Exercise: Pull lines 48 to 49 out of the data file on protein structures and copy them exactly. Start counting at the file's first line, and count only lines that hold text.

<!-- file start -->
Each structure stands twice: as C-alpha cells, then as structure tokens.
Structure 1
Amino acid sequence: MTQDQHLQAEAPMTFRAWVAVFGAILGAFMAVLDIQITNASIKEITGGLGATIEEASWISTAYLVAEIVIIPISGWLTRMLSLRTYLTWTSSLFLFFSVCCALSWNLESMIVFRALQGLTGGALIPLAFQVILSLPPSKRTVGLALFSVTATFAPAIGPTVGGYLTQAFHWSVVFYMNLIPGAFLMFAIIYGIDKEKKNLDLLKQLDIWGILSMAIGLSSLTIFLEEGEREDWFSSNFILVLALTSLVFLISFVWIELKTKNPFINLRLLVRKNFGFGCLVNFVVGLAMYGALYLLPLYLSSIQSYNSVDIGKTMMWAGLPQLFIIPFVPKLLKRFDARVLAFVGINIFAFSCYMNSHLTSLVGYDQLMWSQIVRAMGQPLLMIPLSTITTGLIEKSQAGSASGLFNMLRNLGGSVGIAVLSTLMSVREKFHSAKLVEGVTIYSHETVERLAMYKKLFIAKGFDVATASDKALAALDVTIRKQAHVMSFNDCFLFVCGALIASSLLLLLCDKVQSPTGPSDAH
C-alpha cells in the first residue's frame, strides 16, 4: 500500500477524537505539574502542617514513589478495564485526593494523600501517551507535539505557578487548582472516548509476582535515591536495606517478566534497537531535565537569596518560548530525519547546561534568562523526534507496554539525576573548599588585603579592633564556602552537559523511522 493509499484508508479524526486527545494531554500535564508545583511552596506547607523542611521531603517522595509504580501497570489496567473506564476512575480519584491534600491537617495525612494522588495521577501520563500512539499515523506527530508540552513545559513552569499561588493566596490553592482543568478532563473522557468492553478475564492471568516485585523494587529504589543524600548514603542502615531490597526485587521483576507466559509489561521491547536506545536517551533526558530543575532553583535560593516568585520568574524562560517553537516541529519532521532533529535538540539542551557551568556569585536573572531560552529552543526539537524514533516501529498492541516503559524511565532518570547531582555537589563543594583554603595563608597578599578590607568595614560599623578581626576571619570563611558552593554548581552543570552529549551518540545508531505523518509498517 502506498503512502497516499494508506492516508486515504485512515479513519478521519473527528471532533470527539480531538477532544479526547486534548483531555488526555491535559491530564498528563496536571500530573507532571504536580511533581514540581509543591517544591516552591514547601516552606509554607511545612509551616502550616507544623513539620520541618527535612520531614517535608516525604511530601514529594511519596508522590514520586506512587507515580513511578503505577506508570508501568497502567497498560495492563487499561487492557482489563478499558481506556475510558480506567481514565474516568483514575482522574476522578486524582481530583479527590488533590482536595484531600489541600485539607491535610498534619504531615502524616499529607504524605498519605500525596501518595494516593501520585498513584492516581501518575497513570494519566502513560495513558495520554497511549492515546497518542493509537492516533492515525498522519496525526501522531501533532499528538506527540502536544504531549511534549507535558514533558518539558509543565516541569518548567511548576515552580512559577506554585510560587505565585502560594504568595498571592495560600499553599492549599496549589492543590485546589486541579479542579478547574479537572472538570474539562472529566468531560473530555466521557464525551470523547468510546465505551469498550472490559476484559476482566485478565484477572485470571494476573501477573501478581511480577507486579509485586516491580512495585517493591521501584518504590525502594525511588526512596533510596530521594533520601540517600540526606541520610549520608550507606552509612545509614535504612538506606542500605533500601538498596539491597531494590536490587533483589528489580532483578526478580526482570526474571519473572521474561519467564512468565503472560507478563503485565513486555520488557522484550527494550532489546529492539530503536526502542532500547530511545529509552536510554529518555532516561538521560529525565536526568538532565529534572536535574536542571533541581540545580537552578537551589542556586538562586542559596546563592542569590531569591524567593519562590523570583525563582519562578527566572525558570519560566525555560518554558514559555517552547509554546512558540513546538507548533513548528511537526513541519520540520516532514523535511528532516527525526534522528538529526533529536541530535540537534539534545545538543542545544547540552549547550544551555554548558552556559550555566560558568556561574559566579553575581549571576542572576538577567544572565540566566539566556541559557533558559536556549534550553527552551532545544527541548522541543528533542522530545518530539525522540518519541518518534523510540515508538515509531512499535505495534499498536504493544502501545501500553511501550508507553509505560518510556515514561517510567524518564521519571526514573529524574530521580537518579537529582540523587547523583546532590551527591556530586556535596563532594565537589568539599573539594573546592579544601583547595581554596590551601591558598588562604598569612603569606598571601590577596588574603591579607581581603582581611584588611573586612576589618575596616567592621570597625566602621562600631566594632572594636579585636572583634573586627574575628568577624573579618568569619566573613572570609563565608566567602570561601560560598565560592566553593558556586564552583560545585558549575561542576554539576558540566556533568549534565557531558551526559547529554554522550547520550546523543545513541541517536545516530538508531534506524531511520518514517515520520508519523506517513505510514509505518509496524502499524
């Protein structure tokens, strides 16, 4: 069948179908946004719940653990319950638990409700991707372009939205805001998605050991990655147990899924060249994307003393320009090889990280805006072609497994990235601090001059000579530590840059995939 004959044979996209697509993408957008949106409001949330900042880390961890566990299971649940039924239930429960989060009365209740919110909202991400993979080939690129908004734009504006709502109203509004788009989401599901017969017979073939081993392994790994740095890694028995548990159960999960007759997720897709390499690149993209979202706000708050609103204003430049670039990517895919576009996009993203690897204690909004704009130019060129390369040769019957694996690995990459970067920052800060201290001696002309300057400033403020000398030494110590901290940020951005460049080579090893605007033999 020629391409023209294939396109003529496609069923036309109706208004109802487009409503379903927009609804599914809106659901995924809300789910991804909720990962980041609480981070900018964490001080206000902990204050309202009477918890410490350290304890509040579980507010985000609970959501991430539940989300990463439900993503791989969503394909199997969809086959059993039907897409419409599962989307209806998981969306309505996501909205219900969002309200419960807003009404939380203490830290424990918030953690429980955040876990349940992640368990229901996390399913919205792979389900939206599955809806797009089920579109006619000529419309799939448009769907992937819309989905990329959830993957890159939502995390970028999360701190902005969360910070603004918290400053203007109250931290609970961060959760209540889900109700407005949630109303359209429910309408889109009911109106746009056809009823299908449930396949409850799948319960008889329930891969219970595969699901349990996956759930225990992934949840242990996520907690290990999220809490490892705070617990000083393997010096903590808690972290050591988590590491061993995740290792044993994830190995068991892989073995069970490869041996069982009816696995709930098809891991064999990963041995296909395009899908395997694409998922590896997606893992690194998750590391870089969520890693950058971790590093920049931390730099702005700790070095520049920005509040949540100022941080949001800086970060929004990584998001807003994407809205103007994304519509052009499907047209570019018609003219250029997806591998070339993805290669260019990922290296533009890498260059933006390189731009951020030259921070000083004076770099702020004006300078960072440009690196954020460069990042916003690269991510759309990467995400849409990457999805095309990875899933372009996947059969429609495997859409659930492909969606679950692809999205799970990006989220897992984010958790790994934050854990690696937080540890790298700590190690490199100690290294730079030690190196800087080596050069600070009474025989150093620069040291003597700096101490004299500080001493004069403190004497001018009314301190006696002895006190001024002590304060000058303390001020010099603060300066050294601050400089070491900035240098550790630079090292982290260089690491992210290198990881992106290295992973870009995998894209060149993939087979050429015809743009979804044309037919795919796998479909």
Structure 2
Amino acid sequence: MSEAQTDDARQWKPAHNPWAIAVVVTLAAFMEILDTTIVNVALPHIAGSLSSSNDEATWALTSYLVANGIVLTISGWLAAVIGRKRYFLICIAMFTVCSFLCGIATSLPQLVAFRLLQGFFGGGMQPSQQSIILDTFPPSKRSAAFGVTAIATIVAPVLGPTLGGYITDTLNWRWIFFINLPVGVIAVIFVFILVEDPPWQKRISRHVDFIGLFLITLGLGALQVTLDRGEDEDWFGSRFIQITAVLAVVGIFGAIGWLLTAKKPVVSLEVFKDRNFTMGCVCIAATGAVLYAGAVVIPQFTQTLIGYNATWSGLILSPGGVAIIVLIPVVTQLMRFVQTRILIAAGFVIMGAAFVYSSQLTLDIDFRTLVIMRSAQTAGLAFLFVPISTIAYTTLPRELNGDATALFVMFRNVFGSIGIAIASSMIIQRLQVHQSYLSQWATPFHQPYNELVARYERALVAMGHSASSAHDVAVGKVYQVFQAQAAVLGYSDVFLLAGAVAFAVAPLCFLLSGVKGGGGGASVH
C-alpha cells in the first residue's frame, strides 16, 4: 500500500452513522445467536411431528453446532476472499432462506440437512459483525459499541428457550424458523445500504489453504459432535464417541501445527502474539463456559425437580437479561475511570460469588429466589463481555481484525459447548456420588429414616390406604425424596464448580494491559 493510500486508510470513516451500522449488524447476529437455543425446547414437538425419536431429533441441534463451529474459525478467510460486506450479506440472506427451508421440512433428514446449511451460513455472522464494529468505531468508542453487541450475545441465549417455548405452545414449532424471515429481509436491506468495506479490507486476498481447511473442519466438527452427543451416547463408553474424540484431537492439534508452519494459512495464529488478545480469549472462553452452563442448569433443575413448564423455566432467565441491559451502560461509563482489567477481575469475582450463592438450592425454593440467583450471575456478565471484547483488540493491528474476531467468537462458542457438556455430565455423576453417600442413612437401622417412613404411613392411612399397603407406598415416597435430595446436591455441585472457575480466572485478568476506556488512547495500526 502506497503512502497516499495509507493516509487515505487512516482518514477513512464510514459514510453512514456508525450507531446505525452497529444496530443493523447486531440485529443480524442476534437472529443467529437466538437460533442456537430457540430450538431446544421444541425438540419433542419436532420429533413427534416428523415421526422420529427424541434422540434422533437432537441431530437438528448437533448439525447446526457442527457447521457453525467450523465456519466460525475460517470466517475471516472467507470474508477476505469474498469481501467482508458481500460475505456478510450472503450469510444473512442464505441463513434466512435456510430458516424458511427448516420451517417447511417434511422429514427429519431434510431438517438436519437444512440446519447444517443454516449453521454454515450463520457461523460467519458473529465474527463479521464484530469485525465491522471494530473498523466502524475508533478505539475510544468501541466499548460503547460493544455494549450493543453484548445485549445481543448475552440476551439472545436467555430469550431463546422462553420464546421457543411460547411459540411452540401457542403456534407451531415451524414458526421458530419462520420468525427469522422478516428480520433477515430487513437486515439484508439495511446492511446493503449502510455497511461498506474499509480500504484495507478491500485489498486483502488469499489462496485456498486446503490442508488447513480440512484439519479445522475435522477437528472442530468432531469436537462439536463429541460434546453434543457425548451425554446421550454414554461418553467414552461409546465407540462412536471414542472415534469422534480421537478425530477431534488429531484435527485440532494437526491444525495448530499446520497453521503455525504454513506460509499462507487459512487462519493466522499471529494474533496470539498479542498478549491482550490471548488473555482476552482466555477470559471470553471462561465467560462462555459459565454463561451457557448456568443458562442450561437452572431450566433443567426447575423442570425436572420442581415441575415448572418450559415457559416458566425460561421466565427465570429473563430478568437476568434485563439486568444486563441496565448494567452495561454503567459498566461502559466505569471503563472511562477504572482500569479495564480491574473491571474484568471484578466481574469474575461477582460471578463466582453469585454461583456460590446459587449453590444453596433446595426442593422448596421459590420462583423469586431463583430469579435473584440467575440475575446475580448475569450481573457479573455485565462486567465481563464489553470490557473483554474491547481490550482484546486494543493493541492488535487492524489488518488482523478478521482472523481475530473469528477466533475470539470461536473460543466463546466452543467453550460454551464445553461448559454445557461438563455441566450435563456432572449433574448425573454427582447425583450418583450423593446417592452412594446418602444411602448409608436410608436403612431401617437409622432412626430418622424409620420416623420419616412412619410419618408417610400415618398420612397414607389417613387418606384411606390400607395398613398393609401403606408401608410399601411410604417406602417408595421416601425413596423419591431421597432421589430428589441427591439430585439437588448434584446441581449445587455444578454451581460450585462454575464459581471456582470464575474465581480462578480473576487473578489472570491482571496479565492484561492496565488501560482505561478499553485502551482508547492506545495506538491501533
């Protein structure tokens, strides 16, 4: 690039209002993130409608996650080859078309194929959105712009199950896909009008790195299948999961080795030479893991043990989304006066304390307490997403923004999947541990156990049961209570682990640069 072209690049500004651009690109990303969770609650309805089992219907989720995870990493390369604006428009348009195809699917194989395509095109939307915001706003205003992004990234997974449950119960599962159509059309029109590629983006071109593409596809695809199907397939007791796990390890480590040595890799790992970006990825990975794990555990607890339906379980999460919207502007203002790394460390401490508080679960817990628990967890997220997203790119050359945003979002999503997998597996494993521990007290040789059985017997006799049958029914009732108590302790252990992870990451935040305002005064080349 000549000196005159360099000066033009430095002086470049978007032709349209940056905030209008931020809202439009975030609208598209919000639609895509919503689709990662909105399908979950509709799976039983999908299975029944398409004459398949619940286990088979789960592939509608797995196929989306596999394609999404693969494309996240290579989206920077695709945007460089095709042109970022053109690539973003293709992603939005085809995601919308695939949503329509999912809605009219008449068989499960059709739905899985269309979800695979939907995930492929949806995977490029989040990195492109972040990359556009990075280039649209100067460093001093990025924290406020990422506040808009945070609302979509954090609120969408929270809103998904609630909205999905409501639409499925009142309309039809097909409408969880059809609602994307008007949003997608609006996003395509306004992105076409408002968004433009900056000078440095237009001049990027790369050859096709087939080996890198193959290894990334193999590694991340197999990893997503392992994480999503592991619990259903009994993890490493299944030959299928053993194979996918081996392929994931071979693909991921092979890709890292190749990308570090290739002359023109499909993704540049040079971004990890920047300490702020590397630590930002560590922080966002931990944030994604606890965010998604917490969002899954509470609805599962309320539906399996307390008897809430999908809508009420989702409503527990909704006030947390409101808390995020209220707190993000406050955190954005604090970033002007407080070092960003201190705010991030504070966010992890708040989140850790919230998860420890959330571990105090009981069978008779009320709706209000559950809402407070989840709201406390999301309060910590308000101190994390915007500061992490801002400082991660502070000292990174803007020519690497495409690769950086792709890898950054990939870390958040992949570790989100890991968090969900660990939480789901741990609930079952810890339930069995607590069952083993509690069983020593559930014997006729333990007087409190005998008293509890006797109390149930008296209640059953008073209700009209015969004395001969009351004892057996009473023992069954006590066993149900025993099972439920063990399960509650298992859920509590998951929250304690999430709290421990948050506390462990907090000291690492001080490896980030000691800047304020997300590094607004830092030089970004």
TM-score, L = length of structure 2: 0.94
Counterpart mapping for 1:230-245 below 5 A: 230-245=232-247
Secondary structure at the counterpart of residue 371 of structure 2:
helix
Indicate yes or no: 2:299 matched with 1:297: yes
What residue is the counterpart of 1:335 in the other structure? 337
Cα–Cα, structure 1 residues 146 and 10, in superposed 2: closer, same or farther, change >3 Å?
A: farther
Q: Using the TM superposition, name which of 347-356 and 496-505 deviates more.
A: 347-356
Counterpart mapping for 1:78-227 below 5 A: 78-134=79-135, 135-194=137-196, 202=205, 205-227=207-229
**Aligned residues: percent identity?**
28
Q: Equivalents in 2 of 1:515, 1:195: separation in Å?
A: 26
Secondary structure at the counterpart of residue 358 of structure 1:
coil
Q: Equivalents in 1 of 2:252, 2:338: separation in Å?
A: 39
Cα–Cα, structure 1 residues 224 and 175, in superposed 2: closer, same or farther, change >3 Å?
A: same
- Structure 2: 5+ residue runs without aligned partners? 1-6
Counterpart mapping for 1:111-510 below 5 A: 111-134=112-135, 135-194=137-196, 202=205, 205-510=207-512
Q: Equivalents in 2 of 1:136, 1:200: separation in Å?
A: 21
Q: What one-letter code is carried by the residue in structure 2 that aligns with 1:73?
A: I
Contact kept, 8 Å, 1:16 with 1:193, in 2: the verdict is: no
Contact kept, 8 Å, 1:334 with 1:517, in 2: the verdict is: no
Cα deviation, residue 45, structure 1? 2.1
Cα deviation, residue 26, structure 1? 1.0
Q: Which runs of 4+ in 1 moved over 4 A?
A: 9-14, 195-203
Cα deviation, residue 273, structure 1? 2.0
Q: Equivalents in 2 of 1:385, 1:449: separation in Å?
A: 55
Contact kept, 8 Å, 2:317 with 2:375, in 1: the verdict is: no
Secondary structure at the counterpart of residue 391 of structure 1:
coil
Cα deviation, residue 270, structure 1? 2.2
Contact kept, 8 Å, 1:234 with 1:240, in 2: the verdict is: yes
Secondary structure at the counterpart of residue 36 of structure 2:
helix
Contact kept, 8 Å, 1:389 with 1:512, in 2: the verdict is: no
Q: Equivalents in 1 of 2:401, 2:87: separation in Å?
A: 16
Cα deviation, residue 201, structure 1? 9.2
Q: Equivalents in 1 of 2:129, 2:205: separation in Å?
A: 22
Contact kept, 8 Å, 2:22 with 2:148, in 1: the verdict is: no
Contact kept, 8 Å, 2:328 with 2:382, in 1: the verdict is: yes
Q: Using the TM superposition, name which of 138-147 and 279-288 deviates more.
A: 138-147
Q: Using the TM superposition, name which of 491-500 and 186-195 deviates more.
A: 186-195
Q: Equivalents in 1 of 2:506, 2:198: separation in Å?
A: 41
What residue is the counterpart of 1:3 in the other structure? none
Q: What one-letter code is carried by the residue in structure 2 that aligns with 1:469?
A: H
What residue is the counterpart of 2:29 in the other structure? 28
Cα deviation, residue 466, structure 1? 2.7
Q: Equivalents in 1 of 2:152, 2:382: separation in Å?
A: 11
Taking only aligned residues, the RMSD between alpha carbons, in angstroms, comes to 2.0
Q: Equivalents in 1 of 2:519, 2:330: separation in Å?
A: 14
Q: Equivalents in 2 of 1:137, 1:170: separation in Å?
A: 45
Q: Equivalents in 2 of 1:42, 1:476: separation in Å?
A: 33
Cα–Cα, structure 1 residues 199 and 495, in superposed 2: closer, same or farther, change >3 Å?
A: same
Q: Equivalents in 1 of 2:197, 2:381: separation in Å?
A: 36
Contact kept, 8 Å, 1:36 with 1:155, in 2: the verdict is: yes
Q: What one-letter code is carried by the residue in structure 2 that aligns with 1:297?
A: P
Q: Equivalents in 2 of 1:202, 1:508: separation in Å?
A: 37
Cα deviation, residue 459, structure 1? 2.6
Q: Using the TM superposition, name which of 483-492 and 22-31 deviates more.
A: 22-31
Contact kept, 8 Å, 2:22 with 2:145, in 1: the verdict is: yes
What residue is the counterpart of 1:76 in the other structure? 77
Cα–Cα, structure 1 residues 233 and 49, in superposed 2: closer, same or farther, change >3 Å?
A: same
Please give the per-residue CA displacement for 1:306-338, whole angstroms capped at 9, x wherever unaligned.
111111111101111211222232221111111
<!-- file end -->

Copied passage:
coil
Cα deviation, residue 270, structure 1? 2.2